Per capita income, population volume and density, the structure of cities, transport infrastructure or whether districts have their own schools are all factors that can affect the spread of COVID-19. This has been confirmed by a study carried out in 73 districts in Barcelona by researchers from the departments of Geography and Economics of the Universitat Rovira i Virgili, the results of which have been published in the Journal of Public Health. The research reveals that the analysis of the characteristics of every district can facilitate decisions on the specific measures to be applied to individual districts in an attempt to effectively reduce the rate of infection.
To carry out the study, the researchers analysed the data provided by the Public Health Agency of Barcelona on the 41,606 people who were infected with the coronavirus during the first two waves of the pandemic in the 73 districts of the capital. Work was done in two different time periods to differentiate the two waves: the first was from 26 February to 15 July and the second was from 16 July to 16 October. This information showed how the individuals in the city were distributed and whether the positive cases followed some sort of territorial pattern in the sense that levels would be low or high in neighbouring districts.
The study found that the characteristics of every district had a direct impact on the spread of the virus. "The results of the model are clear: particular characteristics show that the virus has particular effects in both waves: for example, the higher the population density is, the more cases there are, and the higher the average income is, the fewer cases there are," explains Josep Maria Arauzo, professor of the URV's Department of Economics and one of the authors of the study.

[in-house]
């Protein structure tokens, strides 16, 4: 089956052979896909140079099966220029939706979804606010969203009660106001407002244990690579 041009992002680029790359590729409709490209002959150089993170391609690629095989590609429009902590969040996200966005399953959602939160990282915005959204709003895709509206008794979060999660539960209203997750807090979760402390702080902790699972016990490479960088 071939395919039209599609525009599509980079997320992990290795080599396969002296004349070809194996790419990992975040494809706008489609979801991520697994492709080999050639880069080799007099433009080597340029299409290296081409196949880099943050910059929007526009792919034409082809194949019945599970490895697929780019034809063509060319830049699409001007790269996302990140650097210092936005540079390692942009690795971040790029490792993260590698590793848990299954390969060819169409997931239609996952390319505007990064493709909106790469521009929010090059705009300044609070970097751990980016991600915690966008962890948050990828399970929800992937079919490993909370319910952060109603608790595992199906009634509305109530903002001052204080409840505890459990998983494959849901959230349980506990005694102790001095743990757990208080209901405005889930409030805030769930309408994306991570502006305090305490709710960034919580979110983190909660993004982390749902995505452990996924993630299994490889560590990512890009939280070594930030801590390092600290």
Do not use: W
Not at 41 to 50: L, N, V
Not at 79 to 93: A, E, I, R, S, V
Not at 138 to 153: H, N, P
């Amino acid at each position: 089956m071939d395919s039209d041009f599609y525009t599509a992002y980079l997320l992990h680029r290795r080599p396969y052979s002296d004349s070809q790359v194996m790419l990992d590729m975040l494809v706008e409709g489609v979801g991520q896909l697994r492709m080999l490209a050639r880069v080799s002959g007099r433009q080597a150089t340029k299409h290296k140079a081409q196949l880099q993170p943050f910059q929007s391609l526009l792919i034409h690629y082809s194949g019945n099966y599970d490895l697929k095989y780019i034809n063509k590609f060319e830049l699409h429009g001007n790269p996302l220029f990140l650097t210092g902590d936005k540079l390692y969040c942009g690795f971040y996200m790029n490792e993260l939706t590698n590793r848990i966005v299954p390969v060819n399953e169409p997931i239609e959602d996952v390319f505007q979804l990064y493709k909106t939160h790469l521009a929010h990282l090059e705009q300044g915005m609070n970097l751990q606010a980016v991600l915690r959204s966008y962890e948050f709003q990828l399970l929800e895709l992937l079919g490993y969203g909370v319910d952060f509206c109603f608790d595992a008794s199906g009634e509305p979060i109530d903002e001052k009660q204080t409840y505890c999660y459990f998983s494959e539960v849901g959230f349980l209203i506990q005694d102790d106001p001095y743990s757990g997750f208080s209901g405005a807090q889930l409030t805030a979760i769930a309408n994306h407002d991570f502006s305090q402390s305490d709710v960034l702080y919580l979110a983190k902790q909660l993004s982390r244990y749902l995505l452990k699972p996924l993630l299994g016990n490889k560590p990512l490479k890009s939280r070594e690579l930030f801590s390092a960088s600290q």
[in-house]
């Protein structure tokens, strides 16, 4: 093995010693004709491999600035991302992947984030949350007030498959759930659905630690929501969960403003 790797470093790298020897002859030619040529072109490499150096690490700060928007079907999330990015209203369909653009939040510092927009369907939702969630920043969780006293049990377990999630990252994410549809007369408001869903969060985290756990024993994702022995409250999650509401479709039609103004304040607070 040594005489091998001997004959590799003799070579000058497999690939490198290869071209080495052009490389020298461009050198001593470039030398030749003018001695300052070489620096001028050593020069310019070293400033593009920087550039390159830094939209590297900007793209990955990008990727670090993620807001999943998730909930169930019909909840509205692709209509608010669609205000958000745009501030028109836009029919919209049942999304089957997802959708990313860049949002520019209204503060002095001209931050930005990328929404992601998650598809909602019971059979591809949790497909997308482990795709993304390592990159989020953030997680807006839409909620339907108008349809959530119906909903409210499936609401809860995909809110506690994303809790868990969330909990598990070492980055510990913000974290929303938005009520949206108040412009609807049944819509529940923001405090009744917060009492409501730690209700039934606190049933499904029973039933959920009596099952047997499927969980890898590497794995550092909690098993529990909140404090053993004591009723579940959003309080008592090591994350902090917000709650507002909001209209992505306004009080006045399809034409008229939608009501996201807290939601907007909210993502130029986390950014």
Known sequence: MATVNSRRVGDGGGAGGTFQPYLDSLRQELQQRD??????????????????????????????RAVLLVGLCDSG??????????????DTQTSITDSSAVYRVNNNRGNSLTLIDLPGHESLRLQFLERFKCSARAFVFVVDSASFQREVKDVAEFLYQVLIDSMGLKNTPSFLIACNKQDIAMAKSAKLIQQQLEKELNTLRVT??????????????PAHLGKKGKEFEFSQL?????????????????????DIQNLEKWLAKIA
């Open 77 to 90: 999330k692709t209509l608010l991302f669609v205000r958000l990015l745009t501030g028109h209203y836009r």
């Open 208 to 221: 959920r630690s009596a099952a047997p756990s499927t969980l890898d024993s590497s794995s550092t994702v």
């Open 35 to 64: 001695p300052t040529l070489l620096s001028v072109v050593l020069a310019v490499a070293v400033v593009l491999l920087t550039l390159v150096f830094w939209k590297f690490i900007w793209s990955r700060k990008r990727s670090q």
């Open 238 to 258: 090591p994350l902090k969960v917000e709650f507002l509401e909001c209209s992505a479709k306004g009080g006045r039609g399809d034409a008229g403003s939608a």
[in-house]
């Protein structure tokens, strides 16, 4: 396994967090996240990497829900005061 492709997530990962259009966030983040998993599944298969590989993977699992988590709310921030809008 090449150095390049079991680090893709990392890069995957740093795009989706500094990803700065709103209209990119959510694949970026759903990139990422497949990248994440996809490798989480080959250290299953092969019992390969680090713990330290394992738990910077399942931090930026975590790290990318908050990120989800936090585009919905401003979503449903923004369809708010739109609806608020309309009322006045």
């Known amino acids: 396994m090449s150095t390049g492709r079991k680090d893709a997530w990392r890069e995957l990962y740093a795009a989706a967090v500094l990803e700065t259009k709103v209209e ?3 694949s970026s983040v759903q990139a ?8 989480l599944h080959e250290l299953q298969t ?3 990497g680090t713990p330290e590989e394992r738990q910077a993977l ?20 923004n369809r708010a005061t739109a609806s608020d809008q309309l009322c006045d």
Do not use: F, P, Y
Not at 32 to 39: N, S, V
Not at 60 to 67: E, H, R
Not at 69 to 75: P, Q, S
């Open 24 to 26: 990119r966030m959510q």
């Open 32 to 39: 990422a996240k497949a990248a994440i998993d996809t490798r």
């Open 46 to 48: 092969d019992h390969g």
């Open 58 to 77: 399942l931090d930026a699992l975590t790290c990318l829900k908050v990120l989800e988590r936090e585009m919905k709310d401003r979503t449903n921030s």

But the study also shows that in the two waves the collective behaviour of the population was different, which may explain why the virus spread differently in different areas. In this regard, the population structure plays a key role since in the first wave the percentage of positive cases was highest among senior citizens. However, as soon as greater social interaction was allowed and the shortcomings of managing nursing homes had been detected, the highest numbers of infections were found in those districts with a younger population while the number of infections in districts with older populations decreased. "We also observed that the presence of educational institutions increased the number of infections, not because of organisational in these institutions but because of the interactions that took place outside them," points out Aaron Gutiérrez, a researcher from the URV's Department of Geography.
"The study shows the importance of taking local differences into account when adopting measures to efficiently combat the pandemic since if the same measures are applied equally in all places these differences will mean that their effects are quite different," concludes the researcher Antoni Domènech.
Journal of Public Health